Raymond Loubier Irrevocable Trust v. Loubier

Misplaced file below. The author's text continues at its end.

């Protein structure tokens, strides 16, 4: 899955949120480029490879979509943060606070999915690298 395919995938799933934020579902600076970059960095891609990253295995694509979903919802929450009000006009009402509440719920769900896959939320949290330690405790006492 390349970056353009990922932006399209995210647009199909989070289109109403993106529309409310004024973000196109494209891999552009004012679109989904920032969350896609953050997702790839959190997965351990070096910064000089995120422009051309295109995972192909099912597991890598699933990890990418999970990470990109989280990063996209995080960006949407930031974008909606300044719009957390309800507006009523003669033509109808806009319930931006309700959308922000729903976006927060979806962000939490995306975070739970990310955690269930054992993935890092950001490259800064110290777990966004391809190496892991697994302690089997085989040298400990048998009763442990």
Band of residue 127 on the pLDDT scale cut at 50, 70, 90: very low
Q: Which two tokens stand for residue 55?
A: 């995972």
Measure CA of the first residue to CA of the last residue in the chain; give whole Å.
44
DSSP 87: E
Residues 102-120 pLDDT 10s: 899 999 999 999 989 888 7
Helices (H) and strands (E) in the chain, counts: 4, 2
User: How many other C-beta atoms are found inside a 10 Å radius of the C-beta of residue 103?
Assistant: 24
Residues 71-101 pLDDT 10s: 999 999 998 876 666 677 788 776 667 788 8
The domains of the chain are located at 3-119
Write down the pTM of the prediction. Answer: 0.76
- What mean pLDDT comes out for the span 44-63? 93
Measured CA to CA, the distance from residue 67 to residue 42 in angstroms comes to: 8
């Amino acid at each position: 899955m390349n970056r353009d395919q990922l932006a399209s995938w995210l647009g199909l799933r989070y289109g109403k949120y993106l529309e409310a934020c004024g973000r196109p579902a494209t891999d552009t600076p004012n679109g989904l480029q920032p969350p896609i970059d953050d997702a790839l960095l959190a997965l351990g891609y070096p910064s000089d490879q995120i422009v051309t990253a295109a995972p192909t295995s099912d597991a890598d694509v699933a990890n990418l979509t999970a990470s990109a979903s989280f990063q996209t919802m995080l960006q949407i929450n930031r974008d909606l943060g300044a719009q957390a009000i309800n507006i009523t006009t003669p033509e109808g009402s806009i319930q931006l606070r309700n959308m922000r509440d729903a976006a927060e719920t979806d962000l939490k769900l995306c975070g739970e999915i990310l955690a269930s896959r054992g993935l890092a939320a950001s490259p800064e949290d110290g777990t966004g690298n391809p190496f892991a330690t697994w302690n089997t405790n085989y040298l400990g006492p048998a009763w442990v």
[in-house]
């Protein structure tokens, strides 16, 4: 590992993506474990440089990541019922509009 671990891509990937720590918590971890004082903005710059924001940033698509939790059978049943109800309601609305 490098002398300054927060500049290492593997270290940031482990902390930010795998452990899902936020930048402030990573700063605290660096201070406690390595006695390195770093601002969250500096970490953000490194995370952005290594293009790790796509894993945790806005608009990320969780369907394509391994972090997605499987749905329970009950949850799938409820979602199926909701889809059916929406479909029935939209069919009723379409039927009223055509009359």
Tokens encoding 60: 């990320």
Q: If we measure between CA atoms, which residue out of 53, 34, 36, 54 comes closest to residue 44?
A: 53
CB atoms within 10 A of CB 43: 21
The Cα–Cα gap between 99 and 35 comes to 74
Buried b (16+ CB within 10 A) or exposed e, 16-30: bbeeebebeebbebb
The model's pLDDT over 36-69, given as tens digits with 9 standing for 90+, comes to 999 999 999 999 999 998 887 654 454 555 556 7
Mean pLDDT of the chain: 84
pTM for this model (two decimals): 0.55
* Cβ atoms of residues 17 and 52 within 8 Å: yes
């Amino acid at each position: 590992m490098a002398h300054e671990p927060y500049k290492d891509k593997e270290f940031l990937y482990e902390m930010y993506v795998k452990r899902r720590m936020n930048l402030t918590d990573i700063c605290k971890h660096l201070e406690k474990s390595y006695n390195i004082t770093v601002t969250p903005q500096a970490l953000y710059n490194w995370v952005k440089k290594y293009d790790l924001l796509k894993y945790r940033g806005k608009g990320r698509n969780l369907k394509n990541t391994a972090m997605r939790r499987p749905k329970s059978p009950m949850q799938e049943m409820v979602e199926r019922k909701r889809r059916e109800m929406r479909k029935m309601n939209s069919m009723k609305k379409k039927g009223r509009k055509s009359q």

The Second Circuit held that it need not decide whether the presence of the same person, in two different capacities, on both sides of a case caption, defeats diversity because the challenged judgment here rests on a misapprehension as to the particular irrevocable trusts named as plaintiffs. In this case, the four party trusts have no distinct juridical identity allowing them to sue or be sued in their own names; each was a traditional trust, establishing a mere fiduciary relationship and, as such, incapable of suing or being sued in its own name; because the party trusts can only sue or be sued in the names of their trustees, pleadings in the names of the trusts themselves do not require that these parties' citizenship, for purposes of diversity, be determined by reference to all their members; rather, these traditional trusts' citizenship was that of their respective trustees; because trustee Roland Loubier's Canadian citizenship is only suggested, not demonstrated, in the record, further inquiry was required on remand conclusively to determine diversity. Accordingly, the court vacated and remanded. View "Raymond Loubier Irrevocable Trust v. Loubier" on Justia Law